He was a person from another epoch brought up on the values which are not just neglected today but even often laughed at. Other times, ideals, another moral…
He seemed to be one of the “rich kids”, but he had no money to buy food or clothes as everybody then. His mother was from a rich family but far before the Stalin repressions, she married a poor man and managed not to be taken to Siberia. Later, she was appointed the head of one of the biggest collective farms of the Chernihiv region. As for him, he was going to school in felt boots made of three pieces. He strived for normal shoes to wear them to a local club to learn there to dance. But he didn’t get good footwear, didn’t learn how to dance which made girls like him less. Of course, the head of the collective farm was given not only workdays but also money, however, his mother always refused to take it. She thought that if people were without money, she also couldn’t take it.
When he was at university and came to visit his parents on holidays, he wasn’t lying in the garden or near the river. He worked on the collective farm so nobody would be able to say to his mother-director, “Your boy is lazy!”. There were almost no tractors and machines in the fields, only horses, oxen, and our Ukrainian people.
During the 1946-47 famine, the young man worked at a mill. For lunch, people were served a big pot with boiled water and a little flour. He also remembers a bit the 1932-33 famine, he was three years old then. “I was terribly hungry”, he says. This terrible scene had been forever in his memory – together with his brother he saw a dead boy lying on the porch. His little brother was repeating, “Vania, get up!” His family was saved due to an everyday pot of soup. Mother got several jobs at a local hospital: she was a cleaner and keeper.
He could have become a mathematician (his father was a Maths teacher, the boy could cope with any maths problems), but he got into humanitarian studies. He wrote his first tale when he was a student. But he didn’t risk to publish it. He was afraid of people accusing him of graphomania. That’s why at first, he published two short tales in magazines and then turned back to the tale. He was really happy. He got his first fee and feared to leave the building – his pockets were full of money. The sum was paid in 1 ruble banknotes. He bought a suit which he would wear for his wedding later. On the money he got from Semen Palii publishing in Kyiv and Moscow, he bought a flat for his parents.
He told me all this more than ten years ago just before his 80th birthday. Already then, he seemed like he was summing up his life. He felt bad after a stroke, and just before that, he had buried his wife with whom he’d lived together for 53 years. Today morning, he passed away. He was 90 years old.
I talked to Yuri Mushketyk two times when I visited him in Koncha-Ozerna. In the writers’ village near Kyiv, prominent Ukrainian authors were also living not far from Mushketyk’s house: Pavlo Zahrebelny, Oleksandr Syzonenko, Ivan Drach. They had died before Yuri Mushketyk.
Our second meeting took place at the same place almost in 18 months before the 15th anniversary of Oles Honchar’s death (famous Ukrainian writer). We talked about him. Mushketyk said they weren’t close friends. They often communicated as were neighbours (they lived in some houses from each other). When Honchar was very ill, Mushketyk walked with him in the neighbourhood: at first, near the Dnipro river, then near a dry wood, then near a green one, then near a bridge, and finally only in Honchar’s courtyard.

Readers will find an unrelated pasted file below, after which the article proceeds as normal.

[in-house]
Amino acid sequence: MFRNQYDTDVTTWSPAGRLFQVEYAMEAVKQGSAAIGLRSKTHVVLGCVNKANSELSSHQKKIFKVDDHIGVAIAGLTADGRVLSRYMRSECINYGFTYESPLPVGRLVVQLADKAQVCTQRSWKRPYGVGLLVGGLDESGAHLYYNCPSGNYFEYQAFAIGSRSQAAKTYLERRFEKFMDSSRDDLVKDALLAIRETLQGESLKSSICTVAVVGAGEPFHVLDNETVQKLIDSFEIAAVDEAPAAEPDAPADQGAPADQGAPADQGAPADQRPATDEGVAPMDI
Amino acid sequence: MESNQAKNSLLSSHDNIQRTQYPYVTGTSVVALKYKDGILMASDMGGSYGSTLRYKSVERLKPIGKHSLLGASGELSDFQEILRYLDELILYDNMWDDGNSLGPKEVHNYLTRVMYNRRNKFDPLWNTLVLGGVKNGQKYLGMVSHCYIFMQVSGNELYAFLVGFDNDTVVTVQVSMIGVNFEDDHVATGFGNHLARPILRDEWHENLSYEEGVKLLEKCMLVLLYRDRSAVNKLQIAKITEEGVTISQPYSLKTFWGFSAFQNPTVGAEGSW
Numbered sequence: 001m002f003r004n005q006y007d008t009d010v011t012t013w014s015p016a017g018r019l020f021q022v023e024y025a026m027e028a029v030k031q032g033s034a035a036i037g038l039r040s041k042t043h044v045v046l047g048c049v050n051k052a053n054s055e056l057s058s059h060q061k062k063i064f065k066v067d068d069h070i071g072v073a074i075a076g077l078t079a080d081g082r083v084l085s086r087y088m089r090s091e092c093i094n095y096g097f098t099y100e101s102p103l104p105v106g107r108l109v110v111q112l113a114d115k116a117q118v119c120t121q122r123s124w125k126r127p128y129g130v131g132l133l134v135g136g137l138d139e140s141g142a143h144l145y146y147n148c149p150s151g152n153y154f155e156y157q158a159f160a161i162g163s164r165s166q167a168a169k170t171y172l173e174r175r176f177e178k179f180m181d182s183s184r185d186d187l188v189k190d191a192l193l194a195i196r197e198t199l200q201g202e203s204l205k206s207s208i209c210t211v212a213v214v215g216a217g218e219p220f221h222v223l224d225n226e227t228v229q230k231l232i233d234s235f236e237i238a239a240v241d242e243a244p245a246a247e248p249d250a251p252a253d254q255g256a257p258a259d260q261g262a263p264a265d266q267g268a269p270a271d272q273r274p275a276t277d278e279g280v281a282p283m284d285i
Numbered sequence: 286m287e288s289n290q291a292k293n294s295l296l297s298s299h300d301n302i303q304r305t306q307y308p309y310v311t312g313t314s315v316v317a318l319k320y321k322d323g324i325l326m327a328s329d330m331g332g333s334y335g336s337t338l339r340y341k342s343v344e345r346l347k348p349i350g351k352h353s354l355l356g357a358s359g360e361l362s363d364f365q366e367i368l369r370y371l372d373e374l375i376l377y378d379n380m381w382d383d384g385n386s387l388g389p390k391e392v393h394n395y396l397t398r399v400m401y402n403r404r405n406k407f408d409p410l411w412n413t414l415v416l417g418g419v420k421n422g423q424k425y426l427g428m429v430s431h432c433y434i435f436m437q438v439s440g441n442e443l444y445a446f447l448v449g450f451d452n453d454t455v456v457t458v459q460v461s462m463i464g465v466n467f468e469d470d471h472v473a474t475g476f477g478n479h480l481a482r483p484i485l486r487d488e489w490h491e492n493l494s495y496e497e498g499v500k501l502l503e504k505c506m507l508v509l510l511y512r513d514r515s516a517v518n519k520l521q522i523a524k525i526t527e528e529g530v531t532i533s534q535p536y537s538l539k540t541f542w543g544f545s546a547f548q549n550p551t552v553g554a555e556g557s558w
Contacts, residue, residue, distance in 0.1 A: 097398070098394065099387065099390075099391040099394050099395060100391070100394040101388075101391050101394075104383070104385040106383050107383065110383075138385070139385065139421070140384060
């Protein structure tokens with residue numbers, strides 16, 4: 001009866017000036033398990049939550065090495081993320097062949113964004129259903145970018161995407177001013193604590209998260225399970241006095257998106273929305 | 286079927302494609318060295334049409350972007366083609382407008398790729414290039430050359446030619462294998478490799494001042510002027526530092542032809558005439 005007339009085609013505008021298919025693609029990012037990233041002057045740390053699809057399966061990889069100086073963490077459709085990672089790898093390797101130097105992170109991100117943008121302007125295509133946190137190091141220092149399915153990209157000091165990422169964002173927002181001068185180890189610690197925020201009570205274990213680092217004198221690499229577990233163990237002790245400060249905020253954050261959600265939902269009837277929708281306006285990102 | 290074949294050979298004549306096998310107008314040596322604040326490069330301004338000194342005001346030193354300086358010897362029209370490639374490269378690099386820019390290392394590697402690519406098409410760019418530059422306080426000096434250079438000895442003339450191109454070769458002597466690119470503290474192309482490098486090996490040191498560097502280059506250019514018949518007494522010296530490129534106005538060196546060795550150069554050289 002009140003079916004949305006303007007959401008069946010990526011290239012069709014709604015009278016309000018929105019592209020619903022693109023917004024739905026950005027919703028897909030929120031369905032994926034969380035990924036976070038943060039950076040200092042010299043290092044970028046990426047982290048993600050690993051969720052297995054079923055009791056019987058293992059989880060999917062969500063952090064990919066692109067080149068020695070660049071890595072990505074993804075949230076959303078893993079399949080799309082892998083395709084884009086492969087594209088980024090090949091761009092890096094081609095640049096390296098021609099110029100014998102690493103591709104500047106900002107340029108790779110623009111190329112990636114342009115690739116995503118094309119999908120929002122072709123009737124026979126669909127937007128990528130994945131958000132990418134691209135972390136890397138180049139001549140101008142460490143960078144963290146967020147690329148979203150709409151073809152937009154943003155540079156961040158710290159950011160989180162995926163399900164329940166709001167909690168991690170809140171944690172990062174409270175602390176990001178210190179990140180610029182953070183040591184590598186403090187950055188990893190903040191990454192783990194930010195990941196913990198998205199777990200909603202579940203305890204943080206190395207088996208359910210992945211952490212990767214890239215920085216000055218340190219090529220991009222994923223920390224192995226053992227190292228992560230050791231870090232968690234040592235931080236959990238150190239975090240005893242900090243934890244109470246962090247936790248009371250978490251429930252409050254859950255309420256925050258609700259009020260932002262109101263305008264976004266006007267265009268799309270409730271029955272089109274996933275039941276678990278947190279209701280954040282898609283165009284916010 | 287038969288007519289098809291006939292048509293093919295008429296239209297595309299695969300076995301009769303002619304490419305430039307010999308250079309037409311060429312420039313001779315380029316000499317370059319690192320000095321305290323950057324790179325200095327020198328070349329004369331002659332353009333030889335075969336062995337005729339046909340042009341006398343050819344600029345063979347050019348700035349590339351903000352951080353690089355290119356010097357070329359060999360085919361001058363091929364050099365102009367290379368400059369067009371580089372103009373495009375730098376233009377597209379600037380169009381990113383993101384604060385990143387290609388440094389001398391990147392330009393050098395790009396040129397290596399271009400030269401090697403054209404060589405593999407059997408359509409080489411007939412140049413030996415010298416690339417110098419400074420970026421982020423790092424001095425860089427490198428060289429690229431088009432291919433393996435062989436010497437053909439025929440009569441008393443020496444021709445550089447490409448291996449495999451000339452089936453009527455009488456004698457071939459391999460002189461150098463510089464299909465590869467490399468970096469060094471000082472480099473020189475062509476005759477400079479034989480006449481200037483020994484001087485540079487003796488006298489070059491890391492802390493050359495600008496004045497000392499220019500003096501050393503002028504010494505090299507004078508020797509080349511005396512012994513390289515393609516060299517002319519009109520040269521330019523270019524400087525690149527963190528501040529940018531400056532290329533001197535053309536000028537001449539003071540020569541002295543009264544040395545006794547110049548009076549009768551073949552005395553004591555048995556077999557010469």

Our second conversation happened to be more hearty. He invited me to the back terrace, we spoke about literature, we discussed that Ukrainian and foreign new books were not let to the market, that modern Ukrainian authors’ strong language was taken negatively. He regaled me with a very tasty liquor his townsman, his fan, from Chernihiv region supplied him. I was flattered that Mushketyk, as he said, served this drink only on special occasions.
Yuri Mushketyk knew many things. As for fifteen years (1986-2001), he was the head of the National Writers’ Union of Ukraine. These were harsh times – last years of the USSR, Perestroika, and the first decade of independent Ukraine. Mushketyk wasn’t a dissident, however, he didn’t get on well with the USSR authorities. He told how he was fired from the magazine Dnipro editor’s position in 1972. The magazine published dissidents. Each issue had censorship problems. They even had to invite a sensor to a restaurant so he could turn a blind eye to some things.
The writer worried about the native land. “It’s terrifying. We have many people who don’t love Ukraine,” I’m citing his words from that interview. Mushketyk despised the behaviour of some parliamentarians, their indifference, the fact that many Ukrainian media are not really Ukrainian, that authorities stole state lands. He complained that it was impossible to come up to the Dnipro coast from Kyiv to Kanev, there are only cottages with guards. The writer found out it when he was collecting material for one of his novels about the war.
Before his 80th anniversary, Mushketyk told me that he was writing his memoirs but they would be published only after his death. I asked why he didn’t want to see them published while he was alive, he answered he didn’t want it. Evidently, it could have hurt many people he had to communicate with. He said almost the same about the memoirs in the interview on his 90th anniversary.
The writer’s heart stopped. His memories are history now. I believe they are as interesting as his historical novels.
Rest in Peace, a Human and Ukrainian!